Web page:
Charles Ellis was right — market timing is a wicked idea

Posted by TEBI on March 7, 2024

Charles Ellis was right — market timing is a wicked idea




Market timing is one of the most seductive notions investors have to contend with. How hard can it be, we ask ourselves, to sell when the market’s high and about to fall, and buy back in just as it hits the bottom and is set to rise?

The answer, alas, is that it’s very hard to do, at least with any consistency. It seems so obvious, with the benefit of a hindsight, that past stock market crashes occurred when they did. But recognizing, in real time, that markets are about to tumble is much more challenging than most people think.

Remember, too, that successful market timing also requires you to time your re-entry correctly. Most of the gains in the stock market occur over very short periods of time, and if you’re not in during those times, you don’t get the gains. The problem is, no one knows when those days occur. To quote Charles Ellis, “You have to be there when lightning strikes. That’s why market timing is a truly wicked idea. Don’t try it.”



Throughout our investing lives we are constantly tempted to act irrationally. A prime example is picking stocks. So, for example, we’ll hear from our brother-in-law or a friend at work about a stock that’s tipped to soar in price and instinctively want to buy it. Or we’ll read in the papers about a fund that’s vastly outperformed the market over the last 12 months and decide to invest in it.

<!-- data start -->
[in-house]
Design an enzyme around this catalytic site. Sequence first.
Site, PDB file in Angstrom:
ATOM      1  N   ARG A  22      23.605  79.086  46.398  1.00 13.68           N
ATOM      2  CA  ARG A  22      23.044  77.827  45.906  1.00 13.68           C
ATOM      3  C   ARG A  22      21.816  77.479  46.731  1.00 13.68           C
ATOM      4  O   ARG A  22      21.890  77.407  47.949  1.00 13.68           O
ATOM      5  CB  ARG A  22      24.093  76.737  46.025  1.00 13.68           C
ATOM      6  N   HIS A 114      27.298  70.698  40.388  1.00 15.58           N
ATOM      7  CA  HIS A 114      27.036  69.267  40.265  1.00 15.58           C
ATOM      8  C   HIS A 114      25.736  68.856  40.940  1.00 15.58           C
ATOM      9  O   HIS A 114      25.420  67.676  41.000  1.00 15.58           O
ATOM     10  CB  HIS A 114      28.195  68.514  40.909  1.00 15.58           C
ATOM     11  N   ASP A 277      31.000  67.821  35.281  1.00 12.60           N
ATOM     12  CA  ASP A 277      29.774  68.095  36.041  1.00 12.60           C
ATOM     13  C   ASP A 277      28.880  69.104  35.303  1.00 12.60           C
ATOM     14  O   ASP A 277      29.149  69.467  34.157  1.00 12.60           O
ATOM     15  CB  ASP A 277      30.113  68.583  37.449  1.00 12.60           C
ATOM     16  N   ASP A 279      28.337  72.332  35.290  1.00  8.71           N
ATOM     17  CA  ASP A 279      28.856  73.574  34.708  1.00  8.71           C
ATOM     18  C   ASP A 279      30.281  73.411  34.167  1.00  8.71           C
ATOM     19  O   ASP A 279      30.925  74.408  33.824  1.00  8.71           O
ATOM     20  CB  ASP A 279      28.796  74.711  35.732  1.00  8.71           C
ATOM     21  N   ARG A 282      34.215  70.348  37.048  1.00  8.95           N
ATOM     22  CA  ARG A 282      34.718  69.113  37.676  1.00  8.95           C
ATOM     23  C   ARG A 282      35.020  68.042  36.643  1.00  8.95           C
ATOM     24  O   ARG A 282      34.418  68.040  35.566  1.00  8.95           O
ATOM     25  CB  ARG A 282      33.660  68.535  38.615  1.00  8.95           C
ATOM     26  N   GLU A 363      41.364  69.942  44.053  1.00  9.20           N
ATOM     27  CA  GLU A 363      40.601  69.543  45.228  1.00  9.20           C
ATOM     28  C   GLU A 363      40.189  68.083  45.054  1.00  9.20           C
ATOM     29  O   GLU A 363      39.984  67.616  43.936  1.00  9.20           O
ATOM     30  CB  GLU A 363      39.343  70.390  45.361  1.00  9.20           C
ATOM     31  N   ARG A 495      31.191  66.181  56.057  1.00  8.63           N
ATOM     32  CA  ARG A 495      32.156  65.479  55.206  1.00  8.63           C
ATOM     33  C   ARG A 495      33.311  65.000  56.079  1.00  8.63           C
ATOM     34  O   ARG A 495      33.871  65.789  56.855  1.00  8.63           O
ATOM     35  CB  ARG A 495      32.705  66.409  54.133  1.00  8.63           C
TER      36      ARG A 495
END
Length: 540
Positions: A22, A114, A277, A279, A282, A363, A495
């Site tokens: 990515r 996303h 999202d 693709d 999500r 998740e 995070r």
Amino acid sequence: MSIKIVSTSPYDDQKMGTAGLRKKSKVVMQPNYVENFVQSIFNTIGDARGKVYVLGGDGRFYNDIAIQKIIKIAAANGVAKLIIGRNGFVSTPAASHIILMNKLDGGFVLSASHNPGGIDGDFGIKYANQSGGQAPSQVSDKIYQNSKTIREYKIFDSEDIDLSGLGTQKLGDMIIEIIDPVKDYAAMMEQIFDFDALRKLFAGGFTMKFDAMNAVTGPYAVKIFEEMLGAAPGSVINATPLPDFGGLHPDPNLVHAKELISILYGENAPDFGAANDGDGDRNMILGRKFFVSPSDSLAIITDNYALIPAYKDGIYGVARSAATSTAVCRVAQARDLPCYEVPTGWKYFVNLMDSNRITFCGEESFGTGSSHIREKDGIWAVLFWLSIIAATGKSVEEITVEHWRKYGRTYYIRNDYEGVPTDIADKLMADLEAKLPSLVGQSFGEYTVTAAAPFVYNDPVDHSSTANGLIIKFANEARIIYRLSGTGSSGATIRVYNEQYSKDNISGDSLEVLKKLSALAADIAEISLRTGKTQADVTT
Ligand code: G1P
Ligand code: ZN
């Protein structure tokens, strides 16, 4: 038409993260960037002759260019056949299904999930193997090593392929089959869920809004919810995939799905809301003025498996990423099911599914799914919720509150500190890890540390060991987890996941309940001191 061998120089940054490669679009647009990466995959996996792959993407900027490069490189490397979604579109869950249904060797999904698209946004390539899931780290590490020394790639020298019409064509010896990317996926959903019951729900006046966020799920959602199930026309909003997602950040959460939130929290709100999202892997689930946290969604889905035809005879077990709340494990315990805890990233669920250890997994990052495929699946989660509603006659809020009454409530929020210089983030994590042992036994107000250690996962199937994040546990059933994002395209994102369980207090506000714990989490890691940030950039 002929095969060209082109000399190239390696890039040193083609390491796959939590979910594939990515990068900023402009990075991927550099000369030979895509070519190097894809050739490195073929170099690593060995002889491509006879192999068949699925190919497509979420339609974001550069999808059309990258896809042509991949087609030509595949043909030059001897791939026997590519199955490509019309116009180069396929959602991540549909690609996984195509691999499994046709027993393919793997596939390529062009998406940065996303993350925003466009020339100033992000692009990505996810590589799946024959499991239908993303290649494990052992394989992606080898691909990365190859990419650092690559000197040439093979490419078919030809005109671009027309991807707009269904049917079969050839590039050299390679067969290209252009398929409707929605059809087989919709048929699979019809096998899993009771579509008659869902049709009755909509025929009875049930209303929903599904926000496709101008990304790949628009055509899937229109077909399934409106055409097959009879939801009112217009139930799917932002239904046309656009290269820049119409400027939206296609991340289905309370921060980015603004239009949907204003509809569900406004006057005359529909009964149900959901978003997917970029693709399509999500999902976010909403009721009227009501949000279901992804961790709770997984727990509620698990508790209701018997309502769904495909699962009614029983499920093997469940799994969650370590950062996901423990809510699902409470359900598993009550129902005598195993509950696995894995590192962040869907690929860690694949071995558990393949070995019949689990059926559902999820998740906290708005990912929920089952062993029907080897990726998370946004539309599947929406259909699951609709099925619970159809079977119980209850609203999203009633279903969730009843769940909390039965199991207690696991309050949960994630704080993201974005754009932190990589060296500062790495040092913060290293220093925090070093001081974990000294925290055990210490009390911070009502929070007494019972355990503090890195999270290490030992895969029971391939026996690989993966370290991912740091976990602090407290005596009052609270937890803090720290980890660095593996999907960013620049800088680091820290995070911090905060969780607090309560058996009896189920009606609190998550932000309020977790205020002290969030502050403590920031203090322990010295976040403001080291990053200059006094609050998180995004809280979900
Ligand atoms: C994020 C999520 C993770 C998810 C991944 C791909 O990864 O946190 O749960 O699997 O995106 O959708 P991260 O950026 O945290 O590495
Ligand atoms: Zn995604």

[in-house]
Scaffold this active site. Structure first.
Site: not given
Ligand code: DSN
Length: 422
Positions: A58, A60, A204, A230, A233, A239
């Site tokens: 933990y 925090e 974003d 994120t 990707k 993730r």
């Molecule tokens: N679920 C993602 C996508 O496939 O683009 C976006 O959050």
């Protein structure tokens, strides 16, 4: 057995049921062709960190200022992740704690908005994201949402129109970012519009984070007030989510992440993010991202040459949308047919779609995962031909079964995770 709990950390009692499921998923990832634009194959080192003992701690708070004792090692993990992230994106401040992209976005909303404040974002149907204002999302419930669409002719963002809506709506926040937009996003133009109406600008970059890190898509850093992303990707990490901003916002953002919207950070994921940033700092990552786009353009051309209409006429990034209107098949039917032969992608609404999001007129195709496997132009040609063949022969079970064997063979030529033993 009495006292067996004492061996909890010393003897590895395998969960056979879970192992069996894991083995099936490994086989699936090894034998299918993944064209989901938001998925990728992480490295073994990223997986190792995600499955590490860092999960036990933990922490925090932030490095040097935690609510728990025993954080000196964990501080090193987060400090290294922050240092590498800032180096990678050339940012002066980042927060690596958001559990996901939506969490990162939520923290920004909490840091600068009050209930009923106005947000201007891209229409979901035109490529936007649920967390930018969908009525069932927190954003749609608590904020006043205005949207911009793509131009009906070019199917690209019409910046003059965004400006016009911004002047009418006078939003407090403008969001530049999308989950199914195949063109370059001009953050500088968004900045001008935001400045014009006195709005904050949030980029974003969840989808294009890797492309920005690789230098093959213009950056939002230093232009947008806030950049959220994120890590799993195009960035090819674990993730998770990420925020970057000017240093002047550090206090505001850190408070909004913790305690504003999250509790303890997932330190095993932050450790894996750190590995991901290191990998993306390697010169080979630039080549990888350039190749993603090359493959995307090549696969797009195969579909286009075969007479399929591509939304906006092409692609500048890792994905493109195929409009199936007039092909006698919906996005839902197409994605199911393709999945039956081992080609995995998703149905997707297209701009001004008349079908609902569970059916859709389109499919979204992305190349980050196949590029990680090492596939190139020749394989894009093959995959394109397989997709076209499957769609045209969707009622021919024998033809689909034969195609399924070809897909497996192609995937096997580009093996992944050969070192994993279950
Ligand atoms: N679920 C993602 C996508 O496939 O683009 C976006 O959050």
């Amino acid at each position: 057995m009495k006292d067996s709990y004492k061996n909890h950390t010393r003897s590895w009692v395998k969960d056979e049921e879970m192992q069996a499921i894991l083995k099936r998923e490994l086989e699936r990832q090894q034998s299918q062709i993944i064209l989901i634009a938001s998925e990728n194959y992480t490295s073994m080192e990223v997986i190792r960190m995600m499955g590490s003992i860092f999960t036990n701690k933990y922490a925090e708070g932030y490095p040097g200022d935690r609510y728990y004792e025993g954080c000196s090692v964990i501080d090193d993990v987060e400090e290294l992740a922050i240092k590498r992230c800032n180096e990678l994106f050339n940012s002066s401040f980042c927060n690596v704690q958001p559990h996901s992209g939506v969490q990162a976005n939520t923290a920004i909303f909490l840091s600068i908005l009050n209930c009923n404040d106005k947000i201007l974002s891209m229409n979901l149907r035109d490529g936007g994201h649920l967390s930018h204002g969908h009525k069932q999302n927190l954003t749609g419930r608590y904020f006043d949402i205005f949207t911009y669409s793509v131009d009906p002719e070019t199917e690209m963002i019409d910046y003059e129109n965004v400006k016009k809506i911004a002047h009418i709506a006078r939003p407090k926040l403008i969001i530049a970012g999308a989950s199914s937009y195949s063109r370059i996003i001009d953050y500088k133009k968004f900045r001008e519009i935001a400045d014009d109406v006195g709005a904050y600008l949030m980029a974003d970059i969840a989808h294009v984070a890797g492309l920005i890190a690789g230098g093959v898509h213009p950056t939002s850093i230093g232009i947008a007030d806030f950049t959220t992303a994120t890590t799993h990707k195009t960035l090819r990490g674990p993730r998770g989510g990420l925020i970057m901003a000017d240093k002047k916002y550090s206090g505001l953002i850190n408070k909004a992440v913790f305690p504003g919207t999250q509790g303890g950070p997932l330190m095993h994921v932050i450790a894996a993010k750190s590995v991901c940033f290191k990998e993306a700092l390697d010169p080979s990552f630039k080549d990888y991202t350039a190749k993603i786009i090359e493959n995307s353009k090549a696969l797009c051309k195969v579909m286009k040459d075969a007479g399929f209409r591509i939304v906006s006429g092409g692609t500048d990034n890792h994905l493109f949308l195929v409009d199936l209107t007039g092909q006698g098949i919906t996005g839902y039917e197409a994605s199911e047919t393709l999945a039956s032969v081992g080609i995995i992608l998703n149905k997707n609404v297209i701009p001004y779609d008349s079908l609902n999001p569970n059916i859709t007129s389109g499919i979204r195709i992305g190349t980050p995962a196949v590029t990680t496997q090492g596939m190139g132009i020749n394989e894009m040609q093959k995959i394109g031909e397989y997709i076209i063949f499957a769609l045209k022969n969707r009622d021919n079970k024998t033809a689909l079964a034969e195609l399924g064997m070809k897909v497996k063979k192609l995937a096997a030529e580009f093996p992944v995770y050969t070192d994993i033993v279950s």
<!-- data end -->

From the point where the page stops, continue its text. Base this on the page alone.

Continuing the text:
Unfortunately, as Mark Hebner explains in his book, Index Funds: The 12-Step Recovery Program for Active Investors, picking stocks is a losing strategy. You’re better off investing in the whole market, via low-cost index funds, instead. Trying to identify, in advance, funds that will outperform, is another fool’s errand. In the long run, only a tiny proportion of active fund managers beat their respective benchmark on a properly cost- and risk-adjusted basis, and picking those very few winners before they start to outperform is all but impossible.

Another big temptation is to try to time the market. There are always pundits in the media saying that now is either a good time or bad time to invest in stocks or bonds, or in specific countries or sectors of the economy. Because of our evolutionary make-up, and particularly our desire to make sense of the world and to feel we have a degree of control over events as they unfold, we want to believe them. We’re attracted by seemingly convincing narratives, and, because of our innate negativity bias, we pay a disproportionate amount of attention to pessimists and doomsayers.



ROBIN POWELL is the editor of The Evidence-Based Investor. He works as a journalist, author and consultant specialising in finance and investing. He is the co-author of two books, Invest Your Way to Financial Freedom and How to Fund the Life You Want, and his company Regis Media provides high-quality video content for advice firms and other financial businesses.



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